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Why are you able to advise on school design?

I instigated and led the HEAD (holistic evidence and design) research project that in 2015 isolated, for the first time, the impact on learning progress of physical classroom features, all taken together – as they are really experienced. This was based on a large sample of UK primary schools and revealed that differences in these physical characteristics explained 16% of the variation in learning progress over a year for the 3766 pupils in the study.

What can teachers do to create healthy environments and is this important?

Yes, basic health factors are very important and explained half the 16% impact on learning. Humans seek positive “natural” living conditions.  Thus, teachers can be careful to actively ensure that the classroom environment is controlled so that the air is fresh (changed regularly), the temperature is comfortable (remembering that children – especially boys – like it a little cooler than adults) and noise levels are dampened by things like acoustic ceiling tiles, carpets, and soft furnishings.  Artificial lighting should be well-maintained and be of high quality, but access to natural daylight is still important, given that it both provides light for vision, as well as, sets the body’s daily (circadian) rhythm. Of course, in many countries this means care should be taken to avoid glare and overheating, but external shading is effective for this. Blinds should not be lowered and then just kept down.

What other factors should teachers look out for?

Driven by the fact that pupils are all individuals, teachers can optimise learning by providing a flexible range of learning zones to support different styles of engagement. For younger children this involves things like reading corners, wet areas, role-play spaces and table layouts that support individual, group and whole-class working.  The other thing teachers can do is make the pupils feel a sense of pride and ownership in their classroom. This covers a lot of opportunities from, for example, putting pupils’ names on trays and their work on the walls, creating distinctive class-made displays, to the provision of age-appropriate, good quality furniture.  These factors account for about a quarter of the 16% impact.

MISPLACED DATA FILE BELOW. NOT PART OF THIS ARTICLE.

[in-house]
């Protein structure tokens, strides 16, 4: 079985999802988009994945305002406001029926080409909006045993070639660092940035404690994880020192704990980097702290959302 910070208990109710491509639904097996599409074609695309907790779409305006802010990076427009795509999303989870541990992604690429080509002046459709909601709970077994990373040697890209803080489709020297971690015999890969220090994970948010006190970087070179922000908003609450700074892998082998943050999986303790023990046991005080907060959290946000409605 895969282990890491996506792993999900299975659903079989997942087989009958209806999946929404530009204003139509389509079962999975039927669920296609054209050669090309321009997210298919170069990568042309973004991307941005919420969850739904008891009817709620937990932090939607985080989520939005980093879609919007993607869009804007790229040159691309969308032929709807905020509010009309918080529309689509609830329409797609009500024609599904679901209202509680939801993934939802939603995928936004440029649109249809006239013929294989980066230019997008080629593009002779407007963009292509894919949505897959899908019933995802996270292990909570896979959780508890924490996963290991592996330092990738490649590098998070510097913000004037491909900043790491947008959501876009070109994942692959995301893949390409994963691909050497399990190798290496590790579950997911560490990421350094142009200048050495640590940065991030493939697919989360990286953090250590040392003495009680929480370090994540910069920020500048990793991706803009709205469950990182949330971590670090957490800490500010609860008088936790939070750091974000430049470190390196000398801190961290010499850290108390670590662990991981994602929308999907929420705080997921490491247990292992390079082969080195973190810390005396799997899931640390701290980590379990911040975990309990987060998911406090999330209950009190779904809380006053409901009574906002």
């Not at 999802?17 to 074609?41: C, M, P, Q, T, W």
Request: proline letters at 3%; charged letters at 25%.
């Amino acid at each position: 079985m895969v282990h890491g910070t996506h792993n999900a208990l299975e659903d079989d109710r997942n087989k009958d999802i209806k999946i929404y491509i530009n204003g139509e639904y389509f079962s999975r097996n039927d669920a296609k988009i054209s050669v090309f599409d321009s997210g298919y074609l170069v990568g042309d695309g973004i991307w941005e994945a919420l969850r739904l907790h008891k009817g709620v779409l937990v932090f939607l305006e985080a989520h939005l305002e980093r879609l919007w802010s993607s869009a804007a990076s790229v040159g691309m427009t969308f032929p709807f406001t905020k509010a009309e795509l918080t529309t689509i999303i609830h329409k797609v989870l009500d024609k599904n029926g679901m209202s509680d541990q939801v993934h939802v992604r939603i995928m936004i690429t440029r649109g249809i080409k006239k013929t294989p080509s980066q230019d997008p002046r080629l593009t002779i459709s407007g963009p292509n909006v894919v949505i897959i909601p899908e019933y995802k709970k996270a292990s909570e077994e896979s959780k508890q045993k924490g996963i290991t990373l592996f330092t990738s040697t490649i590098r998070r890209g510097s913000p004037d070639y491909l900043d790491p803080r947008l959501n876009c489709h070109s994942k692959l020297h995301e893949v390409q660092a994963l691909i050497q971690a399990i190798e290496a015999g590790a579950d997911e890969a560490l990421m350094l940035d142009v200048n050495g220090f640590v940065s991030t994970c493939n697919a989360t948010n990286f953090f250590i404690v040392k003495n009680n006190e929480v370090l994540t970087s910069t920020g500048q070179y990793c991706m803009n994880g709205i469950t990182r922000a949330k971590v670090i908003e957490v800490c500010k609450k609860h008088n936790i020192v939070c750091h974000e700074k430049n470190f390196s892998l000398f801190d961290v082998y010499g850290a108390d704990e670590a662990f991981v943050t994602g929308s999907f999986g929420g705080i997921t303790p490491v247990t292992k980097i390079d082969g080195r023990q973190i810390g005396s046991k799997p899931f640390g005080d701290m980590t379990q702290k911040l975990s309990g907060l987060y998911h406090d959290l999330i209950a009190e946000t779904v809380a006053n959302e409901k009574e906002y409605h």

Should classrooms be de-cluttered to aid concentration?

It depends where you are starting from! Our results very clearly show that a mid-level of ambient visual stimulation is optimal for learning – driving another quarter of the 16% impact.  So, either extreme of very plain or very busy, can be thought of as boring or chaotic. The effect of the classroom is made up of a combination of its visual complexity (linked strongly to the use of displays and banners) and the colour scheme used. The latter should be generally calm with some highlights, such as a stronger colour on the teaching wall or a really vibrant colour in a small recess area.  What matters in this context is the overall impact, which is quite easy to judge – once you know what you are looking for.

Do you have any more advice for teachers?

Simply this – based on our results you can actively assess your classroom and change it in many small ways and it will enhance the learning of the pupils. It is better to try to improve a bit on a lot of fronts. You can think of the classroom as an instrument that you can play, rather than a simple container for the children. Lastly, every classroom is different ,so each must be carefully assessed in its own right.

Where can we look for further information?

Have a look at the Clever Classrooms report where the findings are illustrated with practical examples. This is freely available as a pdf at, along with a number of more technical papers.

Professor Peter Barrett will be speaking at GESS Dubai 2018 sponsored by Gratnells. http://www.gessdubai.comx